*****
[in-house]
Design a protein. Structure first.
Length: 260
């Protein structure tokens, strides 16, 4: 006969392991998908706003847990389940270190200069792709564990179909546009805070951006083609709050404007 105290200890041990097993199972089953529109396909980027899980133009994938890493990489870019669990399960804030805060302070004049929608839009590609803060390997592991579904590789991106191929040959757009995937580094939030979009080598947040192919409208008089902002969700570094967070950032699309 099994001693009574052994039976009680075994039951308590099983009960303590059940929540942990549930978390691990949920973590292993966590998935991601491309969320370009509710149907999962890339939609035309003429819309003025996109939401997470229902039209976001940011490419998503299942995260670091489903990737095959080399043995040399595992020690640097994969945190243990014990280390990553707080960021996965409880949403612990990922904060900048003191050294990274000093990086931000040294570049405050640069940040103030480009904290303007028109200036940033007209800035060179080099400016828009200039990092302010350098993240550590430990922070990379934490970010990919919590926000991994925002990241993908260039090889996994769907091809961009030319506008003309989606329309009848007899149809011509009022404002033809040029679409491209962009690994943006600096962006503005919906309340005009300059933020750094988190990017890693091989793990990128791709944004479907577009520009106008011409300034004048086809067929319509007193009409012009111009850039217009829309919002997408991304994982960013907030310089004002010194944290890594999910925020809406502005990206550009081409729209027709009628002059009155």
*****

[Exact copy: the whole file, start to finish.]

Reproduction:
[in-house]
Design a protein. Structure first.
Length: 260
């Protein structure tokens, strides 16, 4: 006969392991998908706003847990389940270190200069792709564990179909546009805070951006083609709050404007 105290200890041990097993199972089953529109396909980027899980133009994938890493990489870019669990399960804030805060302070004049929608839009590609803060390997592991579904590789991106191929040959757009995937580094939030979009080598947040192919409208008089902002969700570094967070950032699309 099994001693009574052994039976009680075994039951308590099983009960303590059940929540942990549930978390691990949920973590292993966590998935991601491309969320370009509710149907999962890339939609035309003429819309003025996109939401997470229902039209976001940011490419998503299942995260670091489903990737095959080399043995040399595992020690640097994969945190243990014990280390990553707080960021996965409880949403612990990922904060900048003191050294990274000093990086931000040294570049405050640069940040103030480009904290303007028109200036940033007209800035060179080099400016828009200039990092302010350098993240550590430990922070990379934490970010990919919590926000991994925002990241993908260039090889996994769907091809961009030319506008003309989606329309009848007899149809011509009022404002033809040029679409491209962009690994943006600096962006503005919906309340005009300059933020750094988190990017890693091989793990990128791709944004479907577009520009106008011409300034004048086809067929319509007193009409012009111009850039217009829309919002997408991304994982960013907030310089004002010194944290890594999910925020809406502005990206550009081409729209027709009628002059009155």